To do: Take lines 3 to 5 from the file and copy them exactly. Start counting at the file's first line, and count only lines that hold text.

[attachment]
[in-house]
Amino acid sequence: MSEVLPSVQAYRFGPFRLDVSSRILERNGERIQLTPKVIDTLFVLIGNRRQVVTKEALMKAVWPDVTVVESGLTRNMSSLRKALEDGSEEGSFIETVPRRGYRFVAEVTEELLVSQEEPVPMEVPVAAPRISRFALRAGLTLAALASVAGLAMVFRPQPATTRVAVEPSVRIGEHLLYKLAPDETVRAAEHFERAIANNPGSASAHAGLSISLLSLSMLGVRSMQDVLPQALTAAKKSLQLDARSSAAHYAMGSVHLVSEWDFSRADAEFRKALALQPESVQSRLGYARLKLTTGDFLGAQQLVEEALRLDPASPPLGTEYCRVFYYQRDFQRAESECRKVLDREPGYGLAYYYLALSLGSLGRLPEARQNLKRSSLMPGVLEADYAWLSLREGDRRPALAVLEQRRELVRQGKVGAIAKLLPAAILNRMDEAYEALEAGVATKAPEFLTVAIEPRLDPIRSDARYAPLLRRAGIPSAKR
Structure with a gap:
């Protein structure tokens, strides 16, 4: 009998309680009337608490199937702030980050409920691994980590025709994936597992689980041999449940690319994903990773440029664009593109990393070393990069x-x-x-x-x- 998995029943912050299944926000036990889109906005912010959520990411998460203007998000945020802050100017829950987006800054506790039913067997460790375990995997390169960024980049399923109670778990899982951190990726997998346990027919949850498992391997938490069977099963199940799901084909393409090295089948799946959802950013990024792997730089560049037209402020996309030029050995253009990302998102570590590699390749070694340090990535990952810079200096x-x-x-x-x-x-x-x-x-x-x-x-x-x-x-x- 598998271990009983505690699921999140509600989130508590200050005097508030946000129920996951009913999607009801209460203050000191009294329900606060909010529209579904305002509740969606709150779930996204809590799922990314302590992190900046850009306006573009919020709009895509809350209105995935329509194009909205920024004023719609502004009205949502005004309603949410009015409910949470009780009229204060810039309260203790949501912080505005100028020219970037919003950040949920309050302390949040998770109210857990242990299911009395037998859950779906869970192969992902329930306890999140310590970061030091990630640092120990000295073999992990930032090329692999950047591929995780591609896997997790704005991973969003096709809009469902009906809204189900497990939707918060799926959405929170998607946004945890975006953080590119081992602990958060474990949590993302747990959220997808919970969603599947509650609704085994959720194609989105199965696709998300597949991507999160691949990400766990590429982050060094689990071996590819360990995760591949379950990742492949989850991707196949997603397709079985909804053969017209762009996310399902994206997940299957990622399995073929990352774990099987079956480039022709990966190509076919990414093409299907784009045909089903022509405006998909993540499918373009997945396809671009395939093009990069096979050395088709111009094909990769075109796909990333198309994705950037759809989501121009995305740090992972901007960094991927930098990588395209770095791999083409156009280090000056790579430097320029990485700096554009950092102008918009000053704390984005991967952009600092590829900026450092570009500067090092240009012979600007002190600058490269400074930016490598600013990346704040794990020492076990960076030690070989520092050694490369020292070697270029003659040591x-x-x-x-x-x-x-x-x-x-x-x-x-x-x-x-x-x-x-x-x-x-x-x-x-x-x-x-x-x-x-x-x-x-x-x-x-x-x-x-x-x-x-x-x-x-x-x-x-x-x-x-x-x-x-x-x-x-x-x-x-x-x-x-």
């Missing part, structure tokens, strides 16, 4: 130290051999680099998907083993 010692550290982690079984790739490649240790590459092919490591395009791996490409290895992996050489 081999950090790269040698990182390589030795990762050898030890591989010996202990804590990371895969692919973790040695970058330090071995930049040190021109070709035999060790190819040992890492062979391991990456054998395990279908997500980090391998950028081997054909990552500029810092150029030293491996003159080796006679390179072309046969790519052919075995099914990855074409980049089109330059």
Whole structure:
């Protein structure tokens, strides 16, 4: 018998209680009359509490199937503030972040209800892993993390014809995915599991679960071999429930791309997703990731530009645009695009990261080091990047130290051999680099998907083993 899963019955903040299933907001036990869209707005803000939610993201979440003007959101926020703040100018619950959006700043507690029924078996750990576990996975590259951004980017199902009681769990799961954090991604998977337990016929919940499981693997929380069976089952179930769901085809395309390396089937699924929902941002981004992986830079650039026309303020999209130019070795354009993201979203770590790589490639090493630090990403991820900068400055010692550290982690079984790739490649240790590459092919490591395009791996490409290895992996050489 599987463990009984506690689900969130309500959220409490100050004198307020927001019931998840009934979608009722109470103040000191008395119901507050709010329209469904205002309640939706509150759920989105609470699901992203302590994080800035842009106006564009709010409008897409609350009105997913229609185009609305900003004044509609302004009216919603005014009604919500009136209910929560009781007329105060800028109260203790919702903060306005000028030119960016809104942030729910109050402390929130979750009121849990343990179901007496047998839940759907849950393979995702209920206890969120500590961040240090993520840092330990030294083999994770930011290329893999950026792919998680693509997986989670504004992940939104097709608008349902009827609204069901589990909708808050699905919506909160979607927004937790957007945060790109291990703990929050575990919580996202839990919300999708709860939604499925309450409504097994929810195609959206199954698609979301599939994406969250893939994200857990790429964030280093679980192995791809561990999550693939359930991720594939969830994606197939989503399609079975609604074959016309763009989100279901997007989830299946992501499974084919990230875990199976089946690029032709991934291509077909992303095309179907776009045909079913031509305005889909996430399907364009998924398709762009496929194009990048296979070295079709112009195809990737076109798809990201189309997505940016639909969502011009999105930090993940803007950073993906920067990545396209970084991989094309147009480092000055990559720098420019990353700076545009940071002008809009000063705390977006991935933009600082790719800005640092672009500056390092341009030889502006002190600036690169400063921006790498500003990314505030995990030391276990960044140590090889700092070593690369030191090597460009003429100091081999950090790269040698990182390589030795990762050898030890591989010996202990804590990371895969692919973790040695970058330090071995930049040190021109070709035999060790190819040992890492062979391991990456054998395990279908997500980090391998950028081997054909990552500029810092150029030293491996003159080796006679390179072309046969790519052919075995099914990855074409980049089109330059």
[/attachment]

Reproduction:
Structure with a gap:
């Protein structure tokens, strides 16, 4: 009998309680009337608490199937702030980050409920691994980590025709994936597992689980041999449940690319994903990773440029664009593109990393070393990069x-x-x-x-x- 998995029943912050299944926000036990889109906005912010959520990411998460203007998000945020802050100017829950987006800054506790039913067997460790375990995997390169960024980049399923109670778990899982951190990726997998346990027919949850498992391997938490069977099963199940799901084909393409090295089948799946959802950013990024792997730089560049037209402020996309030029050995253009990302998102570590590699390749070694340090990535990952810079200096x-x-x-x-x-x-x-x-x-x-x-x-x-x-x-x- 598998271990009983505690699921999140509600989130508590200050005097508030946000129920996951009913999607009801209460203050000191009294329900606060909010529209579904305002509740969606709150779930996204809590799922990314302590992190900046850009306006573009919020709009895509809350209105995935329509194009909205920024004023719609502004009205949502005004309603949410009015409910949470009780009229204060810039309260203790949501912080505005100028020219970037919003950040949920309050302390949040998770109210857990242990299911009395037998859950779906869970192969992902329930306890999140310590970061030091990630640092120990000295073999992990930032090329692999950047591929995780591609896997997790704005991973969003096709809009469902009906809204189900497990939707918060799926959405929170998607946004945890975006953080590119081992602990958060474990949590993302747990959220997808919970969603599947509650609704085994959720194609989105199965696709998300597949991507999160691949990400766990590429982050060094689990071996590819360990995760591949379950990742492949989850991707196949997603397709079985909804053969017209762009996310399902994206997940299957990622399995073929990352774990099987079956480039022709990966190509076919990414093409299907784009045909089903022509405006998909993540499918373009997945396809671009395939093009990069096979050395088709111009094909990769075109796909990333198309994705950037759809989501121009995305740090992972901007960094991927930098990588395209770095791999083409156009280090000056790579430097320029990485700096554009950092102008918009000053704390984005991967952009600092590829900026450092570009500067090092240009012979600007002190600058490269400074930016490598600013990346704040794990020492076990960076030690070989520092050694490369020292070697270029003659040591x-x-x-x-x-x-x-x-x-x-x-x-x-x-x-x-x-x-x-x-x-x-x-x-x-x-x-x-x-x-x-x-x-x-x-x-x-x-x-x-x-x-x-x-x-x-x-x-x-x-x-x-x-x-x-x-x-x-x-x-x-x-x-x-």
């Missing part, structure tokens, strides 16, 4: 130290051999680099998907083993 010692550290982690079984790739490649240790590459092919490591395009791996490409290895992996050489 081999950090790269040698990182390589030795990762050898030890591989010996202990804590990371895969692919973790040695970058330090071995930049040190021109070709035999060790190819040992890492062979391991990456054998395990279908997500980090391998950028081997054909990552500029810092150029030293491996003159080796006679390179072309046969790519052919075995099914990855074409980049089109330059």